My connection to mikvah took on a very different meaning after I’d experienced a couple of miscarriages. I had gotten pregnant and given birth so easily. In many ways, I had begun to construct my own identity as someone for whom these things came easily and then it didn’t. I had a miscarriage at 16 weeks. It was very shocking, but I remember the midwife saying, “This is pretty normal. This happens.”
Going to the mikvah helped me move through this space of uncertainty and alienation from my own body. It took much longer to get pregnant the next time. It was over a year and with lots of help. And then again, the second time, I had a miscarriage at 19 weeks. I can only partly remember the pain of that time. In the same way you can only partly remember the experience of childbirth. It felt so dark and cruel. The yearning felt so incredibly deep. Once again the mikvah, when I was ready, was one of those places where I could just pour it out and begin again. Then I had a third very late second trimester miscarriage. Each time, my milk came in and I had that experience of wanting nothing more than to nurse a baby, but there was no baby to feed. There’s a line in the Talmud that says, “More than a calf wants to suck, the cow wants to give milk.” I read that in Rabbinical school before becoming a parent but it wasn’t until these experiences that I understood that so deeply. I would have nursed anybody’s baby. There was nothing I wanted more and yet there was no new baby to feed or to hold.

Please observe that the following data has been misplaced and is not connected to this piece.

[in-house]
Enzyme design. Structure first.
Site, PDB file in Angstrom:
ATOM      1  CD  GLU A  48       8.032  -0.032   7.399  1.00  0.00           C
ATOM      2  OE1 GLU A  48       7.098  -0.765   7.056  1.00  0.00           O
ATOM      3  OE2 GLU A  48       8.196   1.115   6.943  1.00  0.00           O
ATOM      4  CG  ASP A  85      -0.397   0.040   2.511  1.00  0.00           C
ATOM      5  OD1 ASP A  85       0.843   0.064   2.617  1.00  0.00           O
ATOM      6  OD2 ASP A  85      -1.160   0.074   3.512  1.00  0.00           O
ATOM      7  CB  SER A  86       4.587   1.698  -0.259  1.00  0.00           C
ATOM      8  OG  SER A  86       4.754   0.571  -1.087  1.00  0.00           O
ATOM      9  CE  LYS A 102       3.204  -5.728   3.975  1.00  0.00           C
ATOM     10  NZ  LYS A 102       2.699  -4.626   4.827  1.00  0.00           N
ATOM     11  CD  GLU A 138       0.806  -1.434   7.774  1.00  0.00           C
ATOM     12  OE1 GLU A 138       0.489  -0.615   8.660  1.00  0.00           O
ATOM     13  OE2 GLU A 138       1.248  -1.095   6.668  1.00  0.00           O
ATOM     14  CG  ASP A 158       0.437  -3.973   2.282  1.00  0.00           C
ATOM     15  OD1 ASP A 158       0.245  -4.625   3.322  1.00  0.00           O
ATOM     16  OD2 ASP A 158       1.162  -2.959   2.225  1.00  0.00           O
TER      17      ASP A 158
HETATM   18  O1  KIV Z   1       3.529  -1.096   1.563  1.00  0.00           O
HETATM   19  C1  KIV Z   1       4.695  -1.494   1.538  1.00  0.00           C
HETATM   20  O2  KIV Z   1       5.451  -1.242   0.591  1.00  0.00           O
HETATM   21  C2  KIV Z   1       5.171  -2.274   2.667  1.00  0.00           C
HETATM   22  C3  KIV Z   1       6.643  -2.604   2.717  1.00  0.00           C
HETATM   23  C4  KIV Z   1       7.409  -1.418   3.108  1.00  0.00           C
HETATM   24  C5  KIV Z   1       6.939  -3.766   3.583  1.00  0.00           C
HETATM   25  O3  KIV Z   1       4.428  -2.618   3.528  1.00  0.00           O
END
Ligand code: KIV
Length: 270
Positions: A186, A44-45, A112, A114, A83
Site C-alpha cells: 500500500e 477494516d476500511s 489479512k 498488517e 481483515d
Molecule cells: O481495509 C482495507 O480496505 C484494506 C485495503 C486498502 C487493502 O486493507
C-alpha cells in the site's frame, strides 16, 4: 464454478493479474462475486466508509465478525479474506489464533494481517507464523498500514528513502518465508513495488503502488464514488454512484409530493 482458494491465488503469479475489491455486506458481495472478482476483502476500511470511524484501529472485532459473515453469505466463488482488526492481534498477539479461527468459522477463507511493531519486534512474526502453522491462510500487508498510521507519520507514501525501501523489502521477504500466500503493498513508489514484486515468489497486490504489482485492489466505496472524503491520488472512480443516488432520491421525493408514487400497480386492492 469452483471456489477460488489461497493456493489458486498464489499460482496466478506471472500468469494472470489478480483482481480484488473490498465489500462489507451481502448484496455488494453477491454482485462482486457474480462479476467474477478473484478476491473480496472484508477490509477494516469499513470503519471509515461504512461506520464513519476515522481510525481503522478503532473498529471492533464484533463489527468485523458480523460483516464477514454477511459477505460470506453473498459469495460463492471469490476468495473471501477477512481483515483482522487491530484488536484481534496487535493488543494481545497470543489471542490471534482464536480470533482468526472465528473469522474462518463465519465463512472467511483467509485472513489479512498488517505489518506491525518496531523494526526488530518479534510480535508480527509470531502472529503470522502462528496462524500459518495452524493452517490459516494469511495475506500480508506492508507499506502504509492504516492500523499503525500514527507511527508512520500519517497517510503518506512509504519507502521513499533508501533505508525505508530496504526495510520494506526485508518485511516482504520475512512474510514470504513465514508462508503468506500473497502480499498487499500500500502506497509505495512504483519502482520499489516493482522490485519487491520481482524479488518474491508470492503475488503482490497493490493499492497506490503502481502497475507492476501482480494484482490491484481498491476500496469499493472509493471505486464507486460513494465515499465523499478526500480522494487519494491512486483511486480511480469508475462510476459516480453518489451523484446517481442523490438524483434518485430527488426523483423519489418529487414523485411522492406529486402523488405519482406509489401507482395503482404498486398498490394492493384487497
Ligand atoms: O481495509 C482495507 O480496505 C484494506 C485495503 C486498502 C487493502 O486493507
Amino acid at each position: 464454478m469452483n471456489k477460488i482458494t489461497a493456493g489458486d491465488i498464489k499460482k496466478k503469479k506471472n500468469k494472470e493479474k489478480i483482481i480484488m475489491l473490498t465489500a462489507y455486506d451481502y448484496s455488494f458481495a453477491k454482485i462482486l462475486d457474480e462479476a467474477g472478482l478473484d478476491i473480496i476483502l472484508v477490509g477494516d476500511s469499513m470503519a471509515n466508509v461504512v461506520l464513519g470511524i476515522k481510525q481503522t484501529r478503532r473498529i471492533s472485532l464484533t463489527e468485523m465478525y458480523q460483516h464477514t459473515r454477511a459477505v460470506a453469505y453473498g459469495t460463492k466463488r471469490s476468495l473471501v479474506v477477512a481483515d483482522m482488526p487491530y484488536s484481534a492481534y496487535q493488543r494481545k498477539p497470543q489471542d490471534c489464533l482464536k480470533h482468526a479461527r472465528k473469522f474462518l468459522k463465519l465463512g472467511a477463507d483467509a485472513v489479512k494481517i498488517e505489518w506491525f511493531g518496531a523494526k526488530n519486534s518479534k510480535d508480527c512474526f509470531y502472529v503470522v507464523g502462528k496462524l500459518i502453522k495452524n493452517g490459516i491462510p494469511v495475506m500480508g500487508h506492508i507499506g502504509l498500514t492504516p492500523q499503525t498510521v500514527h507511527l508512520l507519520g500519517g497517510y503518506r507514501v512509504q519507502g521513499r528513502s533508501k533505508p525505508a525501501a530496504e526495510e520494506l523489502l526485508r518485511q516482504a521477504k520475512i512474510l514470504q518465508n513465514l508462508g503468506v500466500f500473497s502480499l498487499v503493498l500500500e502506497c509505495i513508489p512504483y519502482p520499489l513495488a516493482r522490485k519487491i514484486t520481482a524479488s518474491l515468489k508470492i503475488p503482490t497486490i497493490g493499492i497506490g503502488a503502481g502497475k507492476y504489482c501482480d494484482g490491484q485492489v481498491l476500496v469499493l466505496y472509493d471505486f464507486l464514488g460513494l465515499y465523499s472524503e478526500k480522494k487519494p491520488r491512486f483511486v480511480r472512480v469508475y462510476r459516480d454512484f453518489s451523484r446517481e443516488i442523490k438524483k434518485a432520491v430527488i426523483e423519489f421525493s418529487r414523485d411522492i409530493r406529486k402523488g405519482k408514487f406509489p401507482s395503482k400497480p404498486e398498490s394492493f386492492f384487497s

With the help again of the waters, of an amazing partner in life and good friends, a tradition and a community, I marched onward thinking that that part of the journey — bringing new life into the world — was closed. But somehow I got pregnant again and this baby came out.
How would I comfort someone going through something similar? I think just to know that the experience of mothering, of kindness, of compassion can come at so many different times and in so many different ways. [I would encourage them] to trust that in the here and now we’ll find our way to the next moment. For so long, I always would project forward. I am a planner. I’m a Type A. I feel like my life has taught me over and over and over and over again that we just don’t know the end of the story. It has taught me to embrace the kind of curiosity — hopefully a kind of benevolent curiosity — that comes with being in each moment. In all of its sadness and all of its longing and all of its outrage. Whatever life brings.